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We do not need to defend ourselves against a neighbour. We are destroying ourselves.  We are our own Ukraine.

Recent incursions have shown that Pakistan’s defence competence is being tested. An Indian submarine came too close to our southern shores. An Indian supersonic missile violated our air space. Will the next probe be across our land border? In Sindh, Punjab, or in Azad Kashmir?

Should that happen, what would be Pakistan’s response? There is a strategy in place for our half-million strong armed forces. What, some ask, is the strategy for the remaining 220.5 million un-armed civilians?

We have no underground stations to shelter in, no space in already overcrowded hospitals, no bunkers where a defenceless public can cower until the smoke clears. Or is the plan that Pakistanis should flee westwards, seek refuge in the ‘strategic depth’ we have created in Afghanistan?

These are not hypothetical musings. These are the harsh, inescapable realities of war. The Palestinians, Iraqis, Syrians, Yemenis, Afghans, Kashmiris, and now the Ukrainians – lacerated by foreign forces - were forced to lick their wounds.  Tasting blood for them was not an aphorism; it has become a daily, unholy ritual. We need to remember that it can happen to us.

The world order has changed since Westphalia. The Westphalian treaties of 1648 foresaw territorial integrity, sovereignty, diplomacy in lieu of war, peaceful coexistence, and non-interference in the internal affairs of other sovereign states.

That utopian wish-list came 400 years after the Dark Ages. Four hundred years after Westphalia, the world has relapsed into a new second Dark Age, in which larger dogs attack smaller ones, while curs whine in protest.

Is national sovereignty so un-precious an inheritance that it does not deserve to be bequeathed as a legacy? Is our Constitution a mere bauble in the hands of a selected prince, his inconstant courtiers, and well-intentioned Cromwells?

Our Speaker has violated our Constitution by delaying the convention of a crucial National Assembly session. The Supreme Court has been approached to rule on the Constitution’s mind regarding floor-crossing and disbarment for life. The battle for Islamabad has begun; the war for national polity, however, has already been lost.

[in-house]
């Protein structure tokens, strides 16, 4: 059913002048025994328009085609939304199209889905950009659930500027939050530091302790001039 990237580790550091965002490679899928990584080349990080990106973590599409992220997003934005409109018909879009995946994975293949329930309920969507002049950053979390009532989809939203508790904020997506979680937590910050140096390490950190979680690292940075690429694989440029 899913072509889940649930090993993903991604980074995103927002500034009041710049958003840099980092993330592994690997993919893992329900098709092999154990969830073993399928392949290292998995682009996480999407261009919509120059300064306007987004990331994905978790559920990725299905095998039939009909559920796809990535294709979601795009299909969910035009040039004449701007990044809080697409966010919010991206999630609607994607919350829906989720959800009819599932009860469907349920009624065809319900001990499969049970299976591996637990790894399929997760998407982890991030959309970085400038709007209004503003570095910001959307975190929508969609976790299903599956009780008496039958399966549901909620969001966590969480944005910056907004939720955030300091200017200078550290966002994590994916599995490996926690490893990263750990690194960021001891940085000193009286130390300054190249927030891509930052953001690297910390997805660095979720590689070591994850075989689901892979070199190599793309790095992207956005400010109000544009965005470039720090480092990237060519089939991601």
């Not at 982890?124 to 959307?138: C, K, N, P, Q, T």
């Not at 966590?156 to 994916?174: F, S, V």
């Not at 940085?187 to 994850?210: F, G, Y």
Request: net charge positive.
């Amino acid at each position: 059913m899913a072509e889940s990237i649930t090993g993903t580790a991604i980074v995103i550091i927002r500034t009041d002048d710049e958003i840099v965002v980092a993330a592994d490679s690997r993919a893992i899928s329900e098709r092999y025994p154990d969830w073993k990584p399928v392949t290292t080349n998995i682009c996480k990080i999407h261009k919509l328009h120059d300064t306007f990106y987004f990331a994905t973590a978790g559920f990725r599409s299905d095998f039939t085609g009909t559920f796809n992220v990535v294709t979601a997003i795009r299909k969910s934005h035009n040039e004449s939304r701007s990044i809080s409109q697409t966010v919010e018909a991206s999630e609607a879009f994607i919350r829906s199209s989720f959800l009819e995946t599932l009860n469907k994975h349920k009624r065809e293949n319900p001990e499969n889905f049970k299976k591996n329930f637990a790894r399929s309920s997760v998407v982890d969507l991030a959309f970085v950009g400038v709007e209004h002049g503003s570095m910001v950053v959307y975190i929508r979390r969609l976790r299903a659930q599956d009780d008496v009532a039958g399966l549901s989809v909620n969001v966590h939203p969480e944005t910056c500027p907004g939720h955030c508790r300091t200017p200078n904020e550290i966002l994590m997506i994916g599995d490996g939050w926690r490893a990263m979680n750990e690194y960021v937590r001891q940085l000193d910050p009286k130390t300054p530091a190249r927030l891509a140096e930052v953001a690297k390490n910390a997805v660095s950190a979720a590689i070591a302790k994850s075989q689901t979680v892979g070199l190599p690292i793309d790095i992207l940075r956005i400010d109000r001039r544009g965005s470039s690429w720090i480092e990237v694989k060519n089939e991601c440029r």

Before the NA session starts at 11 a.m. tomorrow (25 March), its chamber will have been cleared of all vestiges of democracy. Anarchy will have an open field.

What has brought us to yet another constitutional precipice? We have stood on that edge before - in 1958, in 1969, in 1977, and again in 1999. 

History teaches us to search among ashes for precedents. On 20 April 1653, at 11.15 a.m., the British regicide Cromwell entered Parliament and chided its members: ‘You have sat too long for any good you have been doing lately [.] Depart, I say; and let us have done with you.’

‘By 11.40 am it was all over: Parliament was extinguished, as lifeless as an old candle’, writes his biographer Antonia Fraser.

Her account of that military takeover resonates even today:  ‘The Army had a less sophisticated interest in simply putting an end to the hated Rump [Parliament], and were altogether vague in their plans for what should happen thereafter [.] Obviously the country could hardly be left without a government of any sort until the new Parliament: an interim council of a different complexion from the Rump would be the best hope meantime.’

Almost four hundred years later, history sees the dissolution of another parliament - this time, ours.

PM Imran Khan’s present tenure is linked to the NA vote of no-confidence. The future of Rumpelstiltskin in the Punjab is wedded to his. The flagpole from which Imran Khan flew his flag is shaky. Rumours abound of a change of guard within the army, earlier than November 2022.

This is not unthinkable. More than fifteen senior generals are scheduled to retire before that date. The present chief is in a nostalgic state of mind, with an eye on his legacy. A third reason could be the fall-out caused by the reluctance of a former DG ISI to carry out his Chief’s order of 6 October, which appeared contrary to the military tradition of immediate obedience.

Civilians can be forgiven for being apprehensive. What if an order was given to someone to engage the enemy, and the recipient of that order decided to implement it only at a time of his own convenience?

The present standoff in Islamabad, to paraphrase US Judge Andrew Napolitano’s remark about democracy, is between ‘two wolves and a lamb voting on what to eat for lunch.’ On 25 March, more is on the menu than lamb. On the table is Pakistan’s sovereignty, security and political stability.



[DAWN, 24 March 2022]                             



24 March 2022
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